Of course, this bold leadership also requires imagination and vision. Rob Hopkins, the founder of the Transition movement, who also spoke at the summit, made this his key message. He explained that we need to find ways to “cultivate longing” in people for a nature positive future. That requires imagination—but we also need to create the spaces, the places, the practices, and the cooperation (for example through pacts) that make imaginative, positive, and constructive thinking about the future possible. When we can successfully draw imaginative solutions up through society, by involving people and then showing them that things actually change because of their ideas, real progress is possible.
3. Relying on a pragmatic approach that builds on the available frameworks and methods
There are many frameworks that companies can rely on to start moving. Yet they mostly boil down to the commonly agreed framework that most companies have committed to: Assess, Commit, Transform, and Disclose (ACT-D). To assess means to start measuring, in order to understand your relationship with nature. Are you dependent on or impacting it? Next, take stock, start prioritizing, and commit to targets—either to avoid doing things that impact nature, or to commit to science-based timebound targets. Then, it's a process of transformation as you change your processes and models. This is a continuous effort and one that requires striking a difficult balance between being bold and imaginative on one hand, and taking a pragmatic, realistic, and achievable step-by-step approach that makes an impact on the other.
Time to focus on impact, not just compliance
But what does transformational change actually mean? How do we avoid the pitfalls of the efforts to mitigate climate change? Given the urgency, it all comes down to generating rapid impact. While the ACT-D process is important for addressing the damage to biodiversity, we no longer have the luxury of time to try to be perfect in our approach. We need to be effective now. Often, as experts, we like to be precise. We like using data to validate our actions and inform our initiatives. However, to avoid analysis paralysis in the face of a rapidly intensifying challenge, it’s important to not let the perfect be the enemy of the good: Use data to prioritize quick wins and actions that will make an impact in the near term.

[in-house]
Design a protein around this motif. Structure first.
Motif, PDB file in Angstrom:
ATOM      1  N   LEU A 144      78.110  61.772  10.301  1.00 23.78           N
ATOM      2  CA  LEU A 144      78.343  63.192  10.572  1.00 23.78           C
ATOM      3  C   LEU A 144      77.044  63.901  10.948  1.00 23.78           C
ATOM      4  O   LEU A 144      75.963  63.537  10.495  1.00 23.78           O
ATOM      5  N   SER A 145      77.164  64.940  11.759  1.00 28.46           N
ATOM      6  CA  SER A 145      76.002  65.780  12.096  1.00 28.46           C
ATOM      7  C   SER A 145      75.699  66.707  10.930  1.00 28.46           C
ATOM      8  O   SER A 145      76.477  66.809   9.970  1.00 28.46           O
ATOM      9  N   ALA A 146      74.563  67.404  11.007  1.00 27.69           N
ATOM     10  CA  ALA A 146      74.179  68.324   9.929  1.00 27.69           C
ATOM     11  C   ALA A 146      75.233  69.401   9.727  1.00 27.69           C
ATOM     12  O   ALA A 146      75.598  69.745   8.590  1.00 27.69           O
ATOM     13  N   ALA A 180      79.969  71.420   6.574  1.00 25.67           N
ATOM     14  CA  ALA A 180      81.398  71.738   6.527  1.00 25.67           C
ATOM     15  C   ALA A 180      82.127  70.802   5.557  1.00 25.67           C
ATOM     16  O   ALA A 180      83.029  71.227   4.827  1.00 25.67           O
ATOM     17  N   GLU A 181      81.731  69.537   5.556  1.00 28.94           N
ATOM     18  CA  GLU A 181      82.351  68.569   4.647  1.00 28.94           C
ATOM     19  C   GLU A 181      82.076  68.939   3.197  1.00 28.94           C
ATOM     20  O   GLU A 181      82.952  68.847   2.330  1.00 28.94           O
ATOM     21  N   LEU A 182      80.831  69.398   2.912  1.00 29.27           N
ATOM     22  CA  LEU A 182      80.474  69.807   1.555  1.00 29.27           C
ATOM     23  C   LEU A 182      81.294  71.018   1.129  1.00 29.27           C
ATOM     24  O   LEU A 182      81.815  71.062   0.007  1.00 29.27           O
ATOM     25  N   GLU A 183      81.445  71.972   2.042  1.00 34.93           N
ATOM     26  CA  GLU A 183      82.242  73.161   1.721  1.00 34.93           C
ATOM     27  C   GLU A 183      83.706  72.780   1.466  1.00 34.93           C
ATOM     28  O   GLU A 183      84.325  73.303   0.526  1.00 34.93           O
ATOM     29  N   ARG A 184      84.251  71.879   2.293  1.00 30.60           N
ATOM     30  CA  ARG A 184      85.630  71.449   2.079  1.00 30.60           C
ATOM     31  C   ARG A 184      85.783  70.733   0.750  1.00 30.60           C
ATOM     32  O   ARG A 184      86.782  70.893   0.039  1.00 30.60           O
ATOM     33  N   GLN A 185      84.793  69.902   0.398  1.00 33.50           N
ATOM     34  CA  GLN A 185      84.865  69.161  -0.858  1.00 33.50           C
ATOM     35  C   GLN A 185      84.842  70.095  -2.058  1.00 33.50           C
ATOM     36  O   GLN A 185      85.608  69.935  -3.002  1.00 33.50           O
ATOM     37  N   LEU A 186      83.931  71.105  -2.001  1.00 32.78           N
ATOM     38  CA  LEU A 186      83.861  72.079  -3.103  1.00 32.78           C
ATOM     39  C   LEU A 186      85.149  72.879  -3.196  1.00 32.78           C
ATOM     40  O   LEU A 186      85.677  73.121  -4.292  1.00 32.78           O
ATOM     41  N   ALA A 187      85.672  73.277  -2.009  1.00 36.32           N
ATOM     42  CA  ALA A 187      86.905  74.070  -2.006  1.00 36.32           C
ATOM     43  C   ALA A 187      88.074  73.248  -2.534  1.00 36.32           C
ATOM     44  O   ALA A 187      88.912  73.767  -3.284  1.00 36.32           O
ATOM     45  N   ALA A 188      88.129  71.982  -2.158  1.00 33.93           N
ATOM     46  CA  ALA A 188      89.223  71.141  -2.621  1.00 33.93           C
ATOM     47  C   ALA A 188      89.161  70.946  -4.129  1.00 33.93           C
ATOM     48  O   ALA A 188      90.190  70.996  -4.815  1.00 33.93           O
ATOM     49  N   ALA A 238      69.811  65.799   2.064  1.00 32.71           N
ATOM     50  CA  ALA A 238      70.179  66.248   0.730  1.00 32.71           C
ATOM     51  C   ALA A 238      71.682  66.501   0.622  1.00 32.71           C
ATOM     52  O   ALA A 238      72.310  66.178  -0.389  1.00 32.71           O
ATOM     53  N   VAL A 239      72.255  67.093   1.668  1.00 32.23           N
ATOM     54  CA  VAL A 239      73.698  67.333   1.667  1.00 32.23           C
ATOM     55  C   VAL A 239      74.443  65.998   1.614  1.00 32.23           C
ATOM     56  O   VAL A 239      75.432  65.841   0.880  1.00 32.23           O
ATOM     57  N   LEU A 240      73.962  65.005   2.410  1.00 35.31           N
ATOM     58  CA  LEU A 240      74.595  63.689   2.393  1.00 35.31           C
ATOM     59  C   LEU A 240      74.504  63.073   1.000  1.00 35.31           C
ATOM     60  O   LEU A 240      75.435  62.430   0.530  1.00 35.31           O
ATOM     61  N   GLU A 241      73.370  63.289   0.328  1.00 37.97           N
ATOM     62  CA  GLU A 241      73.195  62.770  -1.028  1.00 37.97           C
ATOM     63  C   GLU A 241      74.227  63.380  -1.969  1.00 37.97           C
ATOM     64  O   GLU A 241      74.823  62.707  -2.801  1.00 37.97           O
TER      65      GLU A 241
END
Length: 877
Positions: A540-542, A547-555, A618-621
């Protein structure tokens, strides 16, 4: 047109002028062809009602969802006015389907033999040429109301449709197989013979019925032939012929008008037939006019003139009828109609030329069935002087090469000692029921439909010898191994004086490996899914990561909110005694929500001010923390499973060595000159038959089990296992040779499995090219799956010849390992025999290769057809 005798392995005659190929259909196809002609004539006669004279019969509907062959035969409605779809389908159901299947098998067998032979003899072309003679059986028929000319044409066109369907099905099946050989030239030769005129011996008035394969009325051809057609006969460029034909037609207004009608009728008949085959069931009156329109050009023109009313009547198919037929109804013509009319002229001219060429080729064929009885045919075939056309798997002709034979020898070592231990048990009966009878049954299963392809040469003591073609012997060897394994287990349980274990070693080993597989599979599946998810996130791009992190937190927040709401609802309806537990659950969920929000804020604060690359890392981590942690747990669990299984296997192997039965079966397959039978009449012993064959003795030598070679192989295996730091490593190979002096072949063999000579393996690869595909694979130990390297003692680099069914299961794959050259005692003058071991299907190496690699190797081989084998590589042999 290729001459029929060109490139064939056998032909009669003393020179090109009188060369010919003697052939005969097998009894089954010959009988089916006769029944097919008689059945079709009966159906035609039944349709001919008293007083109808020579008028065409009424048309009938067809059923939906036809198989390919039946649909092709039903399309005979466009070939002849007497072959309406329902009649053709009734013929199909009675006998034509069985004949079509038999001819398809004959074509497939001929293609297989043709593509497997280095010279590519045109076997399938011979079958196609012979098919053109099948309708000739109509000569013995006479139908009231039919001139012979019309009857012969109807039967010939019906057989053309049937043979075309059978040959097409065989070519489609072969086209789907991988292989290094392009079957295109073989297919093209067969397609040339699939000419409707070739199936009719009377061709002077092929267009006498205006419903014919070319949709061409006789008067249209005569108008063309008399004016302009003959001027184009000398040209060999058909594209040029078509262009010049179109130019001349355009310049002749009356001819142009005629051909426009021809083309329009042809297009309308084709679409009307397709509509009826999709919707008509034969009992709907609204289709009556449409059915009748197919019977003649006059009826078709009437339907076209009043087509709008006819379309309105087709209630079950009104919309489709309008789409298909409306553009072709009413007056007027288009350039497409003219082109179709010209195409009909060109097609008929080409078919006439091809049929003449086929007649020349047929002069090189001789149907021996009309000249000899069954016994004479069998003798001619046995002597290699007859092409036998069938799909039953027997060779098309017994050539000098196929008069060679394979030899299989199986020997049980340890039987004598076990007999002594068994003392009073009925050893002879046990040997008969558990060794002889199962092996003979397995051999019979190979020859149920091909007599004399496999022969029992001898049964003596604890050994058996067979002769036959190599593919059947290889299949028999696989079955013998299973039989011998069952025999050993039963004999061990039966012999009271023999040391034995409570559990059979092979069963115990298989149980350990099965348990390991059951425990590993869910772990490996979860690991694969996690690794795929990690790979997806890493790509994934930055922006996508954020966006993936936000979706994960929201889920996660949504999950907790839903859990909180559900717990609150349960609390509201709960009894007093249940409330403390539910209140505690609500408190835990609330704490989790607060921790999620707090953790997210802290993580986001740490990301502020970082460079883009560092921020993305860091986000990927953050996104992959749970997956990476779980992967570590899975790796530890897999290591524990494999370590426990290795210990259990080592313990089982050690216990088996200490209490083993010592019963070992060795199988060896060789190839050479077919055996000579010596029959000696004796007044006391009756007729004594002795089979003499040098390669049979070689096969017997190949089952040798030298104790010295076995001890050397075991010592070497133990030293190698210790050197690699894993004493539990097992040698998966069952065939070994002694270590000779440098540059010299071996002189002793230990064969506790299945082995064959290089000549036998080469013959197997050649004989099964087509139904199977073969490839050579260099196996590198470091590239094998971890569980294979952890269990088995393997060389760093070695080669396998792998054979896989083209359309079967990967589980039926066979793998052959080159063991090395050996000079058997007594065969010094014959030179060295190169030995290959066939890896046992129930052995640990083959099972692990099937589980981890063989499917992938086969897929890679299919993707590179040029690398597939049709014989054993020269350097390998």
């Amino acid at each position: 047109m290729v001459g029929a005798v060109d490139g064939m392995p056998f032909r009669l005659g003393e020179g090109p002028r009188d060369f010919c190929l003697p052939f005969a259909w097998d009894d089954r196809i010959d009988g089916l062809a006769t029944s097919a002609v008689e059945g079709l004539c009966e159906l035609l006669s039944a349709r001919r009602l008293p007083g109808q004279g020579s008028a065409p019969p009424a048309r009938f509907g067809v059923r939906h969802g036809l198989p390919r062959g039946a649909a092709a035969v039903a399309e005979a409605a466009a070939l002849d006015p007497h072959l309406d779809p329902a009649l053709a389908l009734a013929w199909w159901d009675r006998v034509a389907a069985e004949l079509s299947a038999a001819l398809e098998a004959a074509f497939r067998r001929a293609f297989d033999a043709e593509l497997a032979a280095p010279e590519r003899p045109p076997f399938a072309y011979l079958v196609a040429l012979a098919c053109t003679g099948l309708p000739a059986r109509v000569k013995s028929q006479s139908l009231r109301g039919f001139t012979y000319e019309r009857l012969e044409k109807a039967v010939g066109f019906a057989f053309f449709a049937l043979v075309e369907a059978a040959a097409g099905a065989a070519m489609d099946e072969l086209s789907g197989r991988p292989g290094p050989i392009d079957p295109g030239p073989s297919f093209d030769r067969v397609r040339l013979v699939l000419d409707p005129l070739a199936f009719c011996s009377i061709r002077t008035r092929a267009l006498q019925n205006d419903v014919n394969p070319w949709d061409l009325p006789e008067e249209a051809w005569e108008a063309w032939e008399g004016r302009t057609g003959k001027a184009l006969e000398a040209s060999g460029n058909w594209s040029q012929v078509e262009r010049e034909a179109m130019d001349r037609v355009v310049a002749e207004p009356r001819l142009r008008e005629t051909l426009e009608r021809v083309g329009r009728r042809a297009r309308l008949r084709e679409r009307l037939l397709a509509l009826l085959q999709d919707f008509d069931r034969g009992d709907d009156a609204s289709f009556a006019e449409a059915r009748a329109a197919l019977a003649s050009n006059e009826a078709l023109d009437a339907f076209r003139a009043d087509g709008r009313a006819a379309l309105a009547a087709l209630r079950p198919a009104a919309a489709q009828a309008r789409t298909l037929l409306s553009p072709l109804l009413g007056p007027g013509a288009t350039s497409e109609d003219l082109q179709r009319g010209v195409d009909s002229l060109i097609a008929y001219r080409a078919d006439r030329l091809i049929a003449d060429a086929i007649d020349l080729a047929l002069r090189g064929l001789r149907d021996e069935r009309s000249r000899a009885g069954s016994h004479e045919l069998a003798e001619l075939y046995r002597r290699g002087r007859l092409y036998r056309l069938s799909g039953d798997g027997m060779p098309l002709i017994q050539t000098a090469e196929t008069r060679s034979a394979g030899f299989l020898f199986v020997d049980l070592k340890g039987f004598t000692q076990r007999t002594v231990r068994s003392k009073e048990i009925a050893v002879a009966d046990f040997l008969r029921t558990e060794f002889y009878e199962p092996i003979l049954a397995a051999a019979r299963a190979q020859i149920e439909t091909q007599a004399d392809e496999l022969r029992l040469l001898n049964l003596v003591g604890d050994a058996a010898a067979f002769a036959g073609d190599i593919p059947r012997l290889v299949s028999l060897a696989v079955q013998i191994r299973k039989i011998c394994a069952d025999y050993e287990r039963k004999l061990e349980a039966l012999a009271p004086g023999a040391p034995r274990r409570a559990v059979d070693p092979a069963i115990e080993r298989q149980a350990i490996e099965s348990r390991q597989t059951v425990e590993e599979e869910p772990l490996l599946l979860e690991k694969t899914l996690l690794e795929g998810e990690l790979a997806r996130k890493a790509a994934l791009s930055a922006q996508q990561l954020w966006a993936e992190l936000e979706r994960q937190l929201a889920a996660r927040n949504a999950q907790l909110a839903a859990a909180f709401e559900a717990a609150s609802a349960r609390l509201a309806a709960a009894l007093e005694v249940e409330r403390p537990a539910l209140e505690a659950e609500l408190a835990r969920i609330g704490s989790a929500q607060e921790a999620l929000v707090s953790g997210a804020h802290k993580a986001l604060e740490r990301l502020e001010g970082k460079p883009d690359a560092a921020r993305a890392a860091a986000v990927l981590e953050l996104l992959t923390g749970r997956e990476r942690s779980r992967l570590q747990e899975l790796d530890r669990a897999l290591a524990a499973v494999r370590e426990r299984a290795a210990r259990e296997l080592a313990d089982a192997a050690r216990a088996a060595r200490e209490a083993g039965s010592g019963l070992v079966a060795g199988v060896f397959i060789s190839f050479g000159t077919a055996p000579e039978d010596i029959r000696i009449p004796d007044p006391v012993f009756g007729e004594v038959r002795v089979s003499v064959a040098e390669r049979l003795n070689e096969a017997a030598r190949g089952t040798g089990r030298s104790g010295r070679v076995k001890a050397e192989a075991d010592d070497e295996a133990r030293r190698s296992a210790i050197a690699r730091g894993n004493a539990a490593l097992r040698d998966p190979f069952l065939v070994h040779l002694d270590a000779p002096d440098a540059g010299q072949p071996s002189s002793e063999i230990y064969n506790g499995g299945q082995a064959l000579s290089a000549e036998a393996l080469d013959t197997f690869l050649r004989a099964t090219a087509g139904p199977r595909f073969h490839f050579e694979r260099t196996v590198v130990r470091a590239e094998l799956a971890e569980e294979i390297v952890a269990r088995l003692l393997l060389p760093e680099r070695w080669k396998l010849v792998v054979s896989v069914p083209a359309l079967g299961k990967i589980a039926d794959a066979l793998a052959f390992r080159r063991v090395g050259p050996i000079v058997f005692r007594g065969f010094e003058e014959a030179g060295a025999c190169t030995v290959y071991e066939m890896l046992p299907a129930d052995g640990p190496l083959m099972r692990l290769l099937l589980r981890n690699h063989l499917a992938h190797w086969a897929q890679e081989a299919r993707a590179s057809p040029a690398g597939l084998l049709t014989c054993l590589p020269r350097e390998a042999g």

We know the drivers of biodiversity, and the driving forces for companies to act. There is top-down pressure on business to act, including a broader set of legislation to reinforce the business case for the integration of biodiversity. The EU has a biodiversity strategy, and with the new nature restoration law, freshly binding targets that will impact actors at the end of the day. The EU Taxonomy has a role to play in helping us speak about which actors can be classified as protecting biodiversity or not. There is the CSRD, and other reporting requirements. Whatever comes out of the UN Biodiversity Conference in Montreal will also add another layer to make this a world-wide objective and level the playing field globally, with a range of private initiatives, coalitions, and the science-based targets for nature providing guidance and frameworks to help companies in their process. But is all this enough to make a genuine difference for biodiversity?
Transformational change requires an emotional process too—one where we cultivate a longing for a better future, and create a space where we can advance to a more desirable, Nature Positive tomorrow. We are making progress by putting the conditions in place but realizing a Nature Positive vision is difficult in practice. It will require everyone to be bold, and to be imaginative. We have the frameworks and the regulations, but now is not the time to try to be perfect, or to simply tick boxes and move on as normal. Instead, we must be positive, optimistic, and focus on long-term impact, not just short-term compliance.